Playtime at Purnell’s
What do you buy for the mother-in-law who has everything (including a new kitten) for Christmas? Well, if you’re a selfish pair of buggers like us the answer is a meal for three in a swanky Michelin starred restaurant. I’ve been a fan of Glynn Purnell since he first appeared on The Great British Menu many years ago – and therefore it wasn’t difficult to decide where to go, given that she lives just outside Birmingham. So on a wet, cold January Saturday night we ventured forth into the city centre – not for the faint hearted – to see what he had to offer.
The restaurant interior has a rather eclectic feel: a bold, Moorish inspired wallpaper, striped carpets, dark tables and chairs and plush padded banquettes – which rather reminded me of a three piece suite we had in the ’80’s. As is always the case in fine dining restaurants the number of Front-of-house staff is astonishing – at one point there were more of them than diners. But they were all super friendly, knew their stuff and loved working there.
The Tasting Menu seemed to be the only option that evening, so the only choice we had to make was whether to have 6 or 9 courses. We choose the former. “Gifts from the Kitchen” were delivered first, which included the intriguingly named “Faux” black canary potatoes. These were indeed potatoes (fluffy baby ones), lightly coated in charcoal. Interesting, but not the tastiest thing I’ve ever had. Alongside these were chunks of what I can best describe as black oasis (the stuff you use in flower arranging) – which were in fact meringue laced with squid ink. We were served two of these per person – we all only ate one – which I think tells you all you need to know !! However, alongside the black offerings were a punchy chorizo mayonnaise and some delightful panisse (chickpea fries to you and me).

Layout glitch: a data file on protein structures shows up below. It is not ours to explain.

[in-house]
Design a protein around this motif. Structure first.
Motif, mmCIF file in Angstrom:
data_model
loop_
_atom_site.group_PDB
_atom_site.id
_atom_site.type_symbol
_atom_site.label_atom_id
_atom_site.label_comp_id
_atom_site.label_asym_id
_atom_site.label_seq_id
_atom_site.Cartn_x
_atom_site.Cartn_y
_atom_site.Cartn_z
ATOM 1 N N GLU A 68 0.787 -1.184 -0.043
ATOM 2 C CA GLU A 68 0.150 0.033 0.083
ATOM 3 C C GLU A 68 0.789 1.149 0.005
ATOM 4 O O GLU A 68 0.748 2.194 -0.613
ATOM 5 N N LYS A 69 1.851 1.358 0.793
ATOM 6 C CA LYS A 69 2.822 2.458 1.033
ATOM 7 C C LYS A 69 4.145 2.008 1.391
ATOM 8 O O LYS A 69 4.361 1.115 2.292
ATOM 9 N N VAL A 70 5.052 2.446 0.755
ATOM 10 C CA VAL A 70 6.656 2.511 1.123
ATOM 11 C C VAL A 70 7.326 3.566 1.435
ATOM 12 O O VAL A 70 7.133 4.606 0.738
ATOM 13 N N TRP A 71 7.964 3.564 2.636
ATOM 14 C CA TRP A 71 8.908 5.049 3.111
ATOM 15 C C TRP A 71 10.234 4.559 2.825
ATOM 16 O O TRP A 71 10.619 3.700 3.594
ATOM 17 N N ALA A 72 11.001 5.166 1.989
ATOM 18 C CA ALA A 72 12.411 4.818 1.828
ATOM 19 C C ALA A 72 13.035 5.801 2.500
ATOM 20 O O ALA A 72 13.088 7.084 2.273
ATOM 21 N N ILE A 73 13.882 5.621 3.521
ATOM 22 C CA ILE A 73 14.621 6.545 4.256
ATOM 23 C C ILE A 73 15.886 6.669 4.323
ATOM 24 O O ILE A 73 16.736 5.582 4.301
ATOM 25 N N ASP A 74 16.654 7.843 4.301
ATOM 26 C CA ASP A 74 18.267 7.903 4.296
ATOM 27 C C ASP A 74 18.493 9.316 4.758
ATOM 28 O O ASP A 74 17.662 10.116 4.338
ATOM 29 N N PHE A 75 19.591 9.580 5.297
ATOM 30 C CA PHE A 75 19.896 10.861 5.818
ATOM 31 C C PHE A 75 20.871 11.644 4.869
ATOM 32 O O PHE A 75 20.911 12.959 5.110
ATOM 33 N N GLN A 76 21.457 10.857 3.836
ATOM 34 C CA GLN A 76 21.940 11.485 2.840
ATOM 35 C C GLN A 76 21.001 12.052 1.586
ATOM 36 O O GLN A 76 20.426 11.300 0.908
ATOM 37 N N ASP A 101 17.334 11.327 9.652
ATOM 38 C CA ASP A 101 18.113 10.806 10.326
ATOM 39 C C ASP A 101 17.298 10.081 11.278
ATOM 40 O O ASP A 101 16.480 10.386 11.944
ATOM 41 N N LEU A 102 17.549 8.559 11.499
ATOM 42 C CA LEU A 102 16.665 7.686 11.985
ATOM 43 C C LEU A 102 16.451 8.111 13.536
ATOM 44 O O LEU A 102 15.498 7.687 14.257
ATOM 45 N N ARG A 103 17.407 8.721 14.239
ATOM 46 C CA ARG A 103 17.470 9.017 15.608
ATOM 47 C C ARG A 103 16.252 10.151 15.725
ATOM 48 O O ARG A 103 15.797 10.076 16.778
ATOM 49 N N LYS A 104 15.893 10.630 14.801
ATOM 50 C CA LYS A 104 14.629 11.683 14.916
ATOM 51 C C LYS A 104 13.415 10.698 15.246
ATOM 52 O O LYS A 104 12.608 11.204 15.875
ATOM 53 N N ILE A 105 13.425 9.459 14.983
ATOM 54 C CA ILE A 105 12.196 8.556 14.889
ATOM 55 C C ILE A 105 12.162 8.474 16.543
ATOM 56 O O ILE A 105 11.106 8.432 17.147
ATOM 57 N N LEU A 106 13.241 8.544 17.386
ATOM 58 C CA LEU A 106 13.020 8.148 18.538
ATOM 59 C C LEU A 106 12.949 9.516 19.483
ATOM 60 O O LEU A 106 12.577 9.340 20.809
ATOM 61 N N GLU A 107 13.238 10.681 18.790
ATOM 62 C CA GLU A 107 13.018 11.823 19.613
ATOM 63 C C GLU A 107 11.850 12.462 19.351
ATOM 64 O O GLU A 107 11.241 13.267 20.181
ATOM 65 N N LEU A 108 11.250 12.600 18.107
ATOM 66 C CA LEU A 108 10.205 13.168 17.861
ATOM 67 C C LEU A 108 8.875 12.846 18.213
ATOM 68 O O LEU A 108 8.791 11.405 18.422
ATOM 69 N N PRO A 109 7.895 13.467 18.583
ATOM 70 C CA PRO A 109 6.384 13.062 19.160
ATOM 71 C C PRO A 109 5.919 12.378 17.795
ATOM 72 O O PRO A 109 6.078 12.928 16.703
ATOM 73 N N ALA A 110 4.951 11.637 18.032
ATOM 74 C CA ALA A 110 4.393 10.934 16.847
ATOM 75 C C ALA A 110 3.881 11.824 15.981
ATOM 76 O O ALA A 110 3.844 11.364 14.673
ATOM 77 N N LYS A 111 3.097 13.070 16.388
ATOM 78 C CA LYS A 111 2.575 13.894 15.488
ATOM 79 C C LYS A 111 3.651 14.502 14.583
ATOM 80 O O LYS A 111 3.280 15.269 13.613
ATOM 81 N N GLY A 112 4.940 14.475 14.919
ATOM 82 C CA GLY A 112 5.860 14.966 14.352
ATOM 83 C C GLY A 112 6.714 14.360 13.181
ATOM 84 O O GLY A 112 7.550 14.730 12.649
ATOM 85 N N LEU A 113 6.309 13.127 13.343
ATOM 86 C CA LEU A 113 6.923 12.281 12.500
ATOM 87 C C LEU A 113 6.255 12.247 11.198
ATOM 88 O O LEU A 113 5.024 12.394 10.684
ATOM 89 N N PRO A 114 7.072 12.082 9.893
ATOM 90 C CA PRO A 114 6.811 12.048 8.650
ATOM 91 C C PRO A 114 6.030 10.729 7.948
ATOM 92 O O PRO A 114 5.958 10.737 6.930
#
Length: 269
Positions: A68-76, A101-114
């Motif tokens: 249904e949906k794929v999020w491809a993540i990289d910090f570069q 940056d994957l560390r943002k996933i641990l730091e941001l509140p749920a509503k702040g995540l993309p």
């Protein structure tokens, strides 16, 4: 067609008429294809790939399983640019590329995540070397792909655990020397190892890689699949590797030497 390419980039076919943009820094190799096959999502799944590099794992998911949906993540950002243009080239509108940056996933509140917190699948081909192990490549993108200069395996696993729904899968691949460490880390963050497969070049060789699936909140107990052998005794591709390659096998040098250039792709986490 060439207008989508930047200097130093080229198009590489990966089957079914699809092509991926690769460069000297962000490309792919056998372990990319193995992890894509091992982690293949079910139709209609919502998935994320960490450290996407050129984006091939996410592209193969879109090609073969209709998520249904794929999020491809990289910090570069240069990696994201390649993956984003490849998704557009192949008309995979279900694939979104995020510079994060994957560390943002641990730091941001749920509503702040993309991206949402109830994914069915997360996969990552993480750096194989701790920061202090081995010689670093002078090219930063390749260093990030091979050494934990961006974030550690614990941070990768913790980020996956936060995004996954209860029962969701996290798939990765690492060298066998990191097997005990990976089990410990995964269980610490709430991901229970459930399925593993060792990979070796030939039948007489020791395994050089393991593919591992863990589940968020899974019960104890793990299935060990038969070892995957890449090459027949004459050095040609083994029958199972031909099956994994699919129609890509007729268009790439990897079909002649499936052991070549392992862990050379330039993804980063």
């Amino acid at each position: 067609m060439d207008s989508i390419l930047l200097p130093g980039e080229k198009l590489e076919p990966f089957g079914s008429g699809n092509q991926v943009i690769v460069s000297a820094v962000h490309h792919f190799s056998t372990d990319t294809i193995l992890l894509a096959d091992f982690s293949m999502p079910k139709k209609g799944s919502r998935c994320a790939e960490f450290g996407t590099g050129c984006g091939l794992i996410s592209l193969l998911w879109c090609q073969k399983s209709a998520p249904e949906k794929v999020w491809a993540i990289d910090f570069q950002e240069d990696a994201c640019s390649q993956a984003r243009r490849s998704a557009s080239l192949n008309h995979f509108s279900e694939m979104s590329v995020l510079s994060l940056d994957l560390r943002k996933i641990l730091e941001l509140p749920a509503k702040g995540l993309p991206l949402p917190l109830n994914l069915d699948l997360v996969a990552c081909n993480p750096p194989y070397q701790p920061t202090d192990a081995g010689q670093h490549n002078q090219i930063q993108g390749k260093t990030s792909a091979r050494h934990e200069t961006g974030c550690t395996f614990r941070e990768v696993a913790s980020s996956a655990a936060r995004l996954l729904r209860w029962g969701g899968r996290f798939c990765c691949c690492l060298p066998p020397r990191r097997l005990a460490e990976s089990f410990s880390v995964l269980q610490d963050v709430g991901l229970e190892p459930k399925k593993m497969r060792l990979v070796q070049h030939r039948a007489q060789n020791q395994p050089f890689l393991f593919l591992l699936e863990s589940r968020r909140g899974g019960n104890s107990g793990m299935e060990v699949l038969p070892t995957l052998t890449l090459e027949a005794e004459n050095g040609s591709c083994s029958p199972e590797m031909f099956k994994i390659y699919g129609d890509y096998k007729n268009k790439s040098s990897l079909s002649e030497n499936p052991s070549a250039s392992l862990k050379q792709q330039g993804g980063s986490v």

Next came Emotions of cheese and pineapple “soixante dix” which immediately transported us right back to the ’70’s when of course cheese and pineapple on sticks were de rigueur at any gathering (stuck into a foil covered baking potato of course). This dish consisted of tiny morsels of pineapple cooked in a variety of ways and then covered in a smooth, rich cheese sauce. A nod to the aforementioned foil covered potato was provided in the form of a slither of silver leaf. A playful and joyous dish, which got us all reminiscing about our childhoods.
Fish was the star of the next two courses. Firstly delicate Cornish crab hidden under a smoked paprika wafer with subtle accents of apple, celeriac and oyster leaf. Then (the dish of the night for me) Monkfish masala : a decent chunk of perfectly cooked moist fish served alongside a delicately spiced dhal with shards of fresh coconut, coriander oil and a carrot chutney. All beautifully well-balanced and a visual triumph served as it was on a mottled black plate which made all the colours sing out.
The Fillet of Herefordshire beef came next – and we knew were were in for a treat before we even tasted it. The presentation was simple but stylish and as you would expect the beef was meltingly tender. The confit chicory and compressed pear alongside it were perfect companions, while the cubes of Oxford Blue cheese added a slightly salty element to the meal. Everything was beautifully pulled together by a rich, deep sauce.
I always think the puddings on The Great British Menu are where the chefs have the most fun and it was nice to see Glynn Purnell’s winning dish from the 2008 series still featuring on his menu today. Burnt English egg surprise comprised a delicate egg shell served on a silver egg cup and filled with a luscious creme brulee. Accompanying this was a soft butterscotch baked apple topped with rose petals.
All in all a fantastic culinary experience. It’s great to see a whimsical menu which clearly reflects the chef’s personality and at Purnell’s you really get a sense of how each dish has been inspired by his life.
GO IF: You want to experience fine dining in a fun and playful way.
MDD LIKES: The enthusiasm of the staff. He’s clearly a great bloke to work for.